25 Years on From Bhopal - Have The Lessons Been Learned?

The Bhopal disaster was almost certainly the worst incident in the history of the chemical industry. 25 years on from Bhopal, we must take a step back and assess whether the lessons have truly been learned.

The incident took place at a Union Carbide pesticide plant in the Indian city of Bhopal, Madhya Pradesh. On 3rd December 1984, the plant released 42 tonnes of toxic methyl isocyanate (MIC) gas, exposing more than 500,000 people to toxic gases.

The first official immediate death toll was 2,259. A more generally accepted figure is that 8,000- 10,000 died within 72 hours, and it is estimated that approximately 25,000 have since died from gas-related diseases.

The causes were multiple.
  • Capital expenditure was minimised
  • General cost cutting had led to poor working conditions and an inadequate inspection regime
  • Safety rules were inadequate and operators were instructed to ignore them
  • Training was cut back drastically to cut costs
  • Workers were forced to use manuals in English, even though very few could understand the language
  • Some safety features had been dismantled or disabled
  • Safety systems were inadequately designed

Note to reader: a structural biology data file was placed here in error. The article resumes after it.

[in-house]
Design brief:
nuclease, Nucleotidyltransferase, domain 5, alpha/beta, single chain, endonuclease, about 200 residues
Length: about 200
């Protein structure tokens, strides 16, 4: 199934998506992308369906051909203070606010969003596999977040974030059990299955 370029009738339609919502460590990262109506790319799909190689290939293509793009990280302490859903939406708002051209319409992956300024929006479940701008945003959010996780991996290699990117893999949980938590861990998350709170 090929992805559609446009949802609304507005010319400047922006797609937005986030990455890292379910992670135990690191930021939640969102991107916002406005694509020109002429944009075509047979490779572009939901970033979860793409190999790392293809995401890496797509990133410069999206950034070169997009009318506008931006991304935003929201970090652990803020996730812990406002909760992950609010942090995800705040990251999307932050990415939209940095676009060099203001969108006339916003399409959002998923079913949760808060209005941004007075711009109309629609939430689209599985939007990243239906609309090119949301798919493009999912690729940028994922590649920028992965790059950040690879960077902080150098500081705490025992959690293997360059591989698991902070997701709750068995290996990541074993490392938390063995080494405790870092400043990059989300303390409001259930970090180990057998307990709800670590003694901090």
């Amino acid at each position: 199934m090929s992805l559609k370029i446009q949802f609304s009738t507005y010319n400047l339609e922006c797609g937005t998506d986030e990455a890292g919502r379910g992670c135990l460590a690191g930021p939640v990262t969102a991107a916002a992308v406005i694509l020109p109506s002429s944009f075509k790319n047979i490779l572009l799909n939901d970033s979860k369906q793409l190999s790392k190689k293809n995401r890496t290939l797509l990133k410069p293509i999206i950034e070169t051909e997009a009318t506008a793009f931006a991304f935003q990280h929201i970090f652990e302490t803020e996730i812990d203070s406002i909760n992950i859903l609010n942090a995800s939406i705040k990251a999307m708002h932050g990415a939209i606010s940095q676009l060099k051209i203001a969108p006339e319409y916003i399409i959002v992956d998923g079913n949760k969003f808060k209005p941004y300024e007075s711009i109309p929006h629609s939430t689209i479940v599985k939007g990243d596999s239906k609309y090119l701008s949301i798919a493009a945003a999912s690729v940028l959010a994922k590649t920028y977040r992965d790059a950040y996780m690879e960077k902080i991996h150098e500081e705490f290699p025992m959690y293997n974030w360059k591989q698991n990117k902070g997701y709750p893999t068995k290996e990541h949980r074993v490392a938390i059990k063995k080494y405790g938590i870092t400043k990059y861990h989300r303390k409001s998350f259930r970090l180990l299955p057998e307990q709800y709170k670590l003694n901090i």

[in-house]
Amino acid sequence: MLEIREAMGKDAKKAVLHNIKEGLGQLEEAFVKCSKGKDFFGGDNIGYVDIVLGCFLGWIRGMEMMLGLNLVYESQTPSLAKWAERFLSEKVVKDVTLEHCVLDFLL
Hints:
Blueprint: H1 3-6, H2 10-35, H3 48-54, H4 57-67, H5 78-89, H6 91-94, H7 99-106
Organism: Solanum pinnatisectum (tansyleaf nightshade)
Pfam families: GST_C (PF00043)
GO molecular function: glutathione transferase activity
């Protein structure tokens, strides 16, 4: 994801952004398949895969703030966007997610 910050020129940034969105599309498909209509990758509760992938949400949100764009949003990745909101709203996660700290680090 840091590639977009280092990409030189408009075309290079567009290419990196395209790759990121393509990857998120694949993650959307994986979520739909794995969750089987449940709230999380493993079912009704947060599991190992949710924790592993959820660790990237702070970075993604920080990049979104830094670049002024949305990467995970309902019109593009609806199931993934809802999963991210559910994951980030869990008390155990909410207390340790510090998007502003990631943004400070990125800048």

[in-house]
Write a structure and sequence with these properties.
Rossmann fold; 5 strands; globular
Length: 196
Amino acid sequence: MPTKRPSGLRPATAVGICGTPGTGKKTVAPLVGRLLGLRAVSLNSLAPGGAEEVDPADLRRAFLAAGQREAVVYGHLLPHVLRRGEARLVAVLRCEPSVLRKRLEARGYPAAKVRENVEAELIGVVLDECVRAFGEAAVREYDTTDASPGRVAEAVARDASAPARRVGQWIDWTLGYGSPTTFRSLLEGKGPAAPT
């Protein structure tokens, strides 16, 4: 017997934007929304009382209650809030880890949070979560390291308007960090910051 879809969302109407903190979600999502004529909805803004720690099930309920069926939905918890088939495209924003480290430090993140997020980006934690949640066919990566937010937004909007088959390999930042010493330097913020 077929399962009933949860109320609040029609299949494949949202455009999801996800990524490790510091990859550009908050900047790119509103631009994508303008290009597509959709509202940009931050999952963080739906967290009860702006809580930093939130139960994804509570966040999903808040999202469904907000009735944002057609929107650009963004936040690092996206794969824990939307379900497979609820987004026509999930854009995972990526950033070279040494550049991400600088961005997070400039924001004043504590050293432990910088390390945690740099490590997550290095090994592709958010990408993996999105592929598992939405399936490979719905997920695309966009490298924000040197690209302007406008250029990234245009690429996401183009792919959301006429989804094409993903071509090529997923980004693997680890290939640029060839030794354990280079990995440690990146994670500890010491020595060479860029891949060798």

• Supervision was reduced to save cost
  • Poor morale led to an exodus of skilled personnel to better and safer jobs
There is no doubt that the chemical industry has improved significantly since Bhopal. I would very much doubt  that such a severe set of issues can exist at any modern-day facility. In general, awareness of process safety is generally much improved throughout the industry.

In spite of this, however, we can not and must not be complacent. The current recession has hit the chemical industry hard and finances are under severe pressure - meaning that cost cutting is essential to survival. This is real life and has to happen - but at the same time, we must ensure that the safety and integrity of our plants is never compromised.

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